« PreviousContinue »
Referring to the islands of Porto Rico and Cuba, Secretary Adams said:
These Islands from their local position are natural appendages to the North American continent: and one of them, Cuba, almost in sight of our shores, from a multitude of considerations has become an object of transcendent importance to the political and commercial interests of our Union.
Such indeed are, between the interests of that Island and of this Country, the geographical, commercial, moral, and political relations formed by nature, gathering in the process of time, and even now verging to maturity that in looking forward to the probable course of events for the short period of half a century, it is scarcely possible to resist the conviction, that the annexation of Cuba to our federal Republic will be indispensable to the continuance and integrity of the Union itself.
Secretary Adams continued, saying:
It is obvious however that for this event we are not yet prepared. Numerous and formidable objections to the extension of our territorial dominions beyond sea, present themselves to the first contemplation of the subject. Obstacles to the system of policy by which alone that result can be compassed, and maintained, are to be foreseen and surmounted both from at home and abroad. But there are Laws of political as well as of physical gravitation; and if an apple severed by the tempest from its native tree can not chuse but fall to the ground, Cuba forcibly disjoined from its own unnatural connection with Spain, and incapable of self support, can gravitate only towards the North American Union, which by the same law of nature, can not cast her off from its bosom."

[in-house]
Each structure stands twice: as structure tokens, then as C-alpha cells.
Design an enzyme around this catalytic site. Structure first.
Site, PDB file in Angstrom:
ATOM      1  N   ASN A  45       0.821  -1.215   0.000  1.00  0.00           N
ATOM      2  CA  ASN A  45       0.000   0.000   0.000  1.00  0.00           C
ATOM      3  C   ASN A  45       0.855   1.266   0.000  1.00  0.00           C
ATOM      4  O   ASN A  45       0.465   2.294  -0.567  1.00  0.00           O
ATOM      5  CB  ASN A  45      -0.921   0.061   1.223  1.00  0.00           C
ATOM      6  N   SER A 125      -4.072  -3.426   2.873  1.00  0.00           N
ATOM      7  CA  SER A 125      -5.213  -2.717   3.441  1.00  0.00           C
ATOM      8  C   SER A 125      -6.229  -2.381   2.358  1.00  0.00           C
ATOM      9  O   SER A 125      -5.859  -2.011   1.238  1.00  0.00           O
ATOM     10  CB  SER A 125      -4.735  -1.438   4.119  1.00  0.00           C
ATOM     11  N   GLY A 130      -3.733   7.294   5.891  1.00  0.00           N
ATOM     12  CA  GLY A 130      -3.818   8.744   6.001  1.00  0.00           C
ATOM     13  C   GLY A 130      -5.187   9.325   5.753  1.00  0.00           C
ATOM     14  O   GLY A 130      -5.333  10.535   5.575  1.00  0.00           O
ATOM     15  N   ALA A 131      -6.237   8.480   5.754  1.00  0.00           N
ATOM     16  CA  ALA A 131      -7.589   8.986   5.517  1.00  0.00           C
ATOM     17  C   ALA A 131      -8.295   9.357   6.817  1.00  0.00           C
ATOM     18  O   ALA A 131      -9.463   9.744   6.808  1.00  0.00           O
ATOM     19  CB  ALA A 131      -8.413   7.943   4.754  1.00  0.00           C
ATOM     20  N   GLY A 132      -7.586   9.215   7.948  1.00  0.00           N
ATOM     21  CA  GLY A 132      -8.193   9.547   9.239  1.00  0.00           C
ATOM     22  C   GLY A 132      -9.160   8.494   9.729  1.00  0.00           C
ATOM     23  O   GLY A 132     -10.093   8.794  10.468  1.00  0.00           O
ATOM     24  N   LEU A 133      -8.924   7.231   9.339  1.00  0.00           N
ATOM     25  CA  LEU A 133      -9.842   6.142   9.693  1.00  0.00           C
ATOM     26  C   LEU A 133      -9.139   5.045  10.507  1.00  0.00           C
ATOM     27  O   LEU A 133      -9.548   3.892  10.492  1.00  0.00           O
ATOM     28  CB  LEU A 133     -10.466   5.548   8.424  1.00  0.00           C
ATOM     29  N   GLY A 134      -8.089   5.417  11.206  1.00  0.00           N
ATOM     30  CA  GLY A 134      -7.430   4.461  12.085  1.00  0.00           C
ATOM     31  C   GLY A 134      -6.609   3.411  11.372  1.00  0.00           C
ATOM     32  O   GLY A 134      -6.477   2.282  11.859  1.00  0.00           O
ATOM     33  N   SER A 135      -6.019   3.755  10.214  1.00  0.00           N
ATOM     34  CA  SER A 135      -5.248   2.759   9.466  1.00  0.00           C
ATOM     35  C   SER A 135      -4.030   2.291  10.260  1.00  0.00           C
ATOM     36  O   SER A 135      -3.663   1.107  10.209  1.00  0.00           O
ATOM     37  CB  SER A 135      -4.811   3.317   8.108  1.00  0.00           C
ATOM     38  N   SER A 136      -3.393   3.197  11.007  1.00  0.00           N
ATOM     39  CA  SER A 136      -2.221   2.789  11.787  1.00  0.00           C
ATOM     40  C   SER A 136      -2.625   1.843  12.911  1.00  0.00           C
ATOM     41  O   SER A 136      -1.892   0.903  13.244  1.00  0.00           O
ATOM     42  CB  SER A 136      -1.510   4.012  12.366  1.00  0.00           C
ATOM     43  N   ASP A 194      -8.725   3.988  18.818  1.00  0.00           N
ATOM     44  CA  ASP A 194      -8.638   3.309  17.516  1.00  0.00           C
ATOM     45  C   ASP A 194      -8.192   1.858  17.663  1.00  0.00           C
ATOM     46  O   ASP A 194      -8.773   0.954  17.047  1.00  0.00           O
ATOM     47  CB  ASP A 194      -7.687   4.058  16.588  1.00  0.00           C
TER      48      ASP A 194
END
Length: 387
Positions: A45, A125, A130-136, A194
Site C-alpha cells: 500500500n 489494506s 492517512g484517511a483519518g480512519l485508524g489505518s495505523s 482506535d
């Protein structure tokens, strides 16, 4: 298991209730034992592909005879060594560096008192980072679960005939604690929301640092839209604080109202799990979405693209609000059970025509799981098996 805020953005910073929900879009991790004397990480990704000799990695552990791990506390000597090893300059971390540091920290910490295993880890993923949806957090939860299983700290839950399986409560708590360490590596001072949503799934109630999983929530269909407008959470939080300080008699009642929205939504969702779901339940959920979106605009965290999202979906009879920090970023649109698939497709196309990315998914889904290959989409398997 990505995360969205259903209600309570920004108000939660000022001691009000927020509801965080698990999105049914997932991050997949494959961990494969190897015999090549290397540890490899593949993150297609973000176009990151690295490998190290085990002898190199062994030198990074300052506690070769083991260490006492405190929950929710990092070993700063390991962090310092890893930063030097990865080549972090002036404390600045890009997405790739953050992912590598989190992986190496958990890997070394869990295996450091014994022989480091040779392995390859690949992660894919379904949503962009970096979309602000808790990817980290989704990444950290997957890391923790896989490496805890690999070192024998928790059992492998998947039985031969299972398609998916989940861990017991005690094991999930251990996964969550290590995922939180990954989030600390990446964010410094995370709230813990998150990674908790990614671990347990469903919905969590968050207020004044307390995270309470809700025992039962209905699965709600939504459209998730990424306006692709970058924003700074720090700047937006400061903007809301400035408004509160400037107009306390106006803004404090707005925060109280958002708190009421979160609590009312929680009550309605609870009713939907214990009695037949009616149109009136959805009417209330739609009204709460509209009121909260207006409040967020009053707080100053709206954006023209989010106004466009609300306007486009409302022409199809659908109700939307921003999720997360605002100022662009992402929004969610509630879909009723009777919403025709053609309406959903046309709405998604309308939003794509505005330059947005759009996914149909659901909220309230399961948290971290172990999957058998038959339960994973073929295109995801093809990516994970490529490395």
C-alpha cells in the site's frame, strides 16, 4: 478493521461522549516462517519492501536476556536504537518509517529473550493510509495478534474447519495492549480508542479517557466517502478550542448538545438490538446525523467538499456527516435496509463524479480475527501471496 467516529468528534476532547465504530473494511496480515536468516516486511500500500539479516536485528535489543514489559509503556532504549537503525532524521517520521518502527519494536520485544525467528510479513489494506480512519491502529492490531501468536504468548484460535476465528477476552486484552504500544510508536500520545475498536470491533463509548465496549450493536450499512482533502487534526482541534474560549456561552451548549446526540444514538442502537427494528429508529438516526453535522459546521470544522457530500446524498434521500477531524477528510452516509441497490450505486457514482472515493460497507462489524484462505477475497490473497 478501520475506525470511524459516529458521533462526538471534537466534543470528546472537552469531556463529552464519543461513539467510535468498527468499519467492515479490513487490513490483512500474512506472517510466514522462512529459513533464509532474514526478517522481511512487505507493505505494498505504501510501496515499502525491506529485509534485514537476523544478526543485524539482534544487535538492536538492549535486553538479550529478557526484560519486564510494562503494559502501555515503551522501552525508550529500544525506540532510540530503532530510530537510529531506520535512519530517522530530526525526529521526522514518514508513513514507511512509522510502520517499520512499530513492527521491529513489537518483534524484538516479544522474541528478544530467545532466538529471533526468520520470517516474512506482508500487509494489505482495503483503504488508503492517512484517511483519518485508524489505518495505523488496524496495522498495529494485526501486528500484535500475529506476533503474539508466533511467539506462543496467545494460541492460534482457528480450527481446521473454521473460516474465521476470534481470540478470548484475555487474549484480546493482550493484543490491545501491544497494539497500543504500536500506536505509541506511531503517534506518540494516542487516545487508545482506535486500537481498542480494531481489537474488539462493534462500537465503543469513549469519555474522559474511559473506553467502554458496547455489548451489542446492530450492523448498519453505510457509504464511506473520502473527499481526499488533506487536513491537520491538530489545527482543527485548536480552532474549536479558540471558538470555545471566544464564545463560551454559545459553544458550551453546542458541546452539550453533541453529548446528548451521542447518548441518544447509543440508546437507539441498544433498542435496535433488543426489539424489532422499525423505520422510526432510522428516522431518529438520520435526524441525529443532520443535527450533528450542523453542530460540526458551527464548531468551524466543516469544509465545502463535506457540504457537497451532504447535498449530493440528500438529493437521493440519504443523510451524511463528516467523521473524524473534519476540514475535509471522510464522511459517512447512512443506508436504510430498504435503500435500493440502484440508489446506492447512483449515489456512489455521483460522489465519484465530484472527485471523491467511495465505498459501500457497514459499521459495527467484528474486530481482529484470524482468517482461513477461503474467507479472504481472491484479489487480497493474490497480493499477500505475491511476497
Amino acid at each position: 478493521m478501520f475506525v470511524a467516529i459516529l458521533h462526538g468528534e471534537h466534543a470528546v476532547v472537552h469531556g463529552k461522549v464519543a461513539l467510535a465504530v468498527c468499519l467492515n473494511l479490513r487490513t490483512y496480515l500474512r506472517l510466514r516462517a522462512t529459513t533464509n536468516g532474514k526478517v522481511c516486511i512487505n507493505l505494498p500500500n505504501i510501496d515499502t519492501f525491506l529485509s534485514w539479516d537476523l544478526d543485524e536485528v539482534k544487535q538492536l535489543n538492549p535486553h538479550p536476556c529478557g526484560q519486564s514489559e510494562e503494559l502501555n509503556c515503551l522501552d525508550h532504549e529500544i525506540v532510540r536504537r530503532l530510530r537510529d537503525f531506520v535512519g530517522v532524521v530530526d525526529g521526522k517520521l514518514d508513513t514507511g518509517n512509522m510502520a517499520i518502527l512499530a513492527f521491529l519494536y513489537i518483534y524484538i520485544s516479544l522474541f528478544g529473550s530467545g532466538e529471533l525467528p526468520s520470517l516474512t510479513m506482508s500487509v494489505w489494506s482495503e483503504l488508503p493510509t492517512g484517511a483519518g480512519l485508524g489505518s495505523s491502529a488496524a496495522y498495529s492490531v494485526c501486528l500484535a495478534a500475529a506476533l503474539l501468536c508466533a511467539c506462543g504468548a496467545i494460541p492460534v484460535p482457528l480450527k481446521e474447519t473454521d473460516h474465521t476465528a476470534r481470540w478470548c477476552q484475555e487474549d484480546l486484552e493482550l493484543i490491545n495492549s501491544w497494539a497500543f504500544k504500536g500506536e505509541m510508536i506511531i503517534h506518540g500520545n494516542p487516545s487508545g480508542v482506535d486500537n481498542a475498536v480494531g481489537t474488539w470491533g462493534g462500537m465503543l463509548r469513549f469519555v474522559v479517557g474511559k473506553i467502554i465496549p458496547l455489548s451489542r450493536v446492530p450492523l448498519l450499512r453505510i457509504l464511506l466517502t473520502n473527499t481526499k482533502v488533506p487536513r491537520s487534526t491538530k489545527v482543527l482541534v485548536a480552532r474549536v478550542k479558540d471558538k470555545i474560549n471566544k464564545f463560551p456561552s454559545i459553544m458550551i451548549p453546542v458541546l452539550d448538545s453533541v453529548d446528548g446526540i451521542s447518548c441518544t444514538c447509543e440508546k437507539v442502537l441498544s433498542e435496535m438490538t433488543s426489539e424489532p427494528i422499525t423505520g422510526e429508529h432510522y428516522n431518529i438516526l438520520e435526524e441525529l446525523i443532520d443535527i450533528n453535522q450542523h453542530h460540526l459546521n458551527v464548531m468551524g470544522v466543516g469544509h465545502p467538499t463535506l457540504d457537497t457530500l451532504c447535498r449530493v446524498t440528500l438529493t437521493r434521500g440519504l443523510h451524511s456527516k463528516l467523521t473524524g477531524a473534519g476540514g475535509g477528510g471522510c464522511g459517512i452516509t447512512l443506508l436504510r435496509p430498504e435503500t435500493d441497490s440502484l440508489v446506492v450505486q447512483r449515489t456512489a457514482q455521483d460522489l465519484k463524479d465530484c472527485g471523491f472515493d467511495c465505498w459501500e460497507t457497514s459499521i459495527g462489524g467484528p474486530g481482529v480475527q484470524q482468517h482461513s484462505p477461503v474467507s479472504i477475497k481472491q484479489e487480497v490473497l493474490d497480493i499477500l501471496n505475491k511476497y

Later in his instruction Secretary Adams said:
The transfer of Cuba to Great Britain would be an event unpropitious to the interests of this Union.88
On the following day, April 29, 1823, Secretary Adams instructed Mr. Randall, our Special Agent to Cuba, to observe the course of events in that island. Among other instructions Mr. Adams said:
You will be mindful of any apparent popular agitation; particularly of such as may have reference either to a transfer of the Island from Spain to any other Power; or to the assumption by the Inhabitants of an Independent Government. If in your intercourse with Society, inquiries should be made of you, with regard to the views of the Government of the United States, concerning the political state of Cuba, you will say, that so far as they were known to you, from having resided at the Seat of Government, the first wish of the Government was for the continuance of Cuba in its political connection with Spain; and that it would be altogether averse to the transfer of the Island to any other Power. 89